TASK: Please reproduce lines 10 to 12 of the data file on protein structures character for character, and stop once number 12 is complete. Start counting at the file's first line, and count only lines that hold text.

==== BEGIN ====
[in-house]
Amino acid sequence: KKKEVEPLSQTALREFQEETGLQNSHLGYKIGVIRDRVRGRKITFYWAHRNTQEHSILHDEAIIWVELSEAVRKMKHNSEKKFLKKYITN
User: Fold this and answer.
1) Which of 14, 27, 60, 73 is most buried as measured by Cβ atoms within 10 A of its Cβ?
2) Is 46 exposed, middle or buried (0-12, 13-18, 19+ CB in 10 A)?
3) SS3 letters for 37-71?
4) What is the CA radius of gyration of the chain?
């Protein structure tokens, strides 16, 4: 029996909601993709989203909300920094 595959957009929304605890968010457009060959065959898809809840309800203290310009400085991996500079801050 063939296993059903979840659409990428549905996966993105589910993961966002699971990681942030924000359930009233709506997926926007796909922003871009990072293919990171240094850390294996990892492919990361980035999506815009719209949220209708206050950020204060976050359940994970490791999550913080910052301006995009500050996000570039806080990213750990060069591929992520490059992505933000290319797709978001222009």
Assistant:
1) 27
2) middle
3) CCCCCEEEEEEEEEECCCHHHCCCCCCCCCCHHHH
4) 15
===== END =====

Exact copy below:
1) 27
2) middle
3) CCCCCEEEEEEEEEECCCHHHCCCCCCCCCCHHHH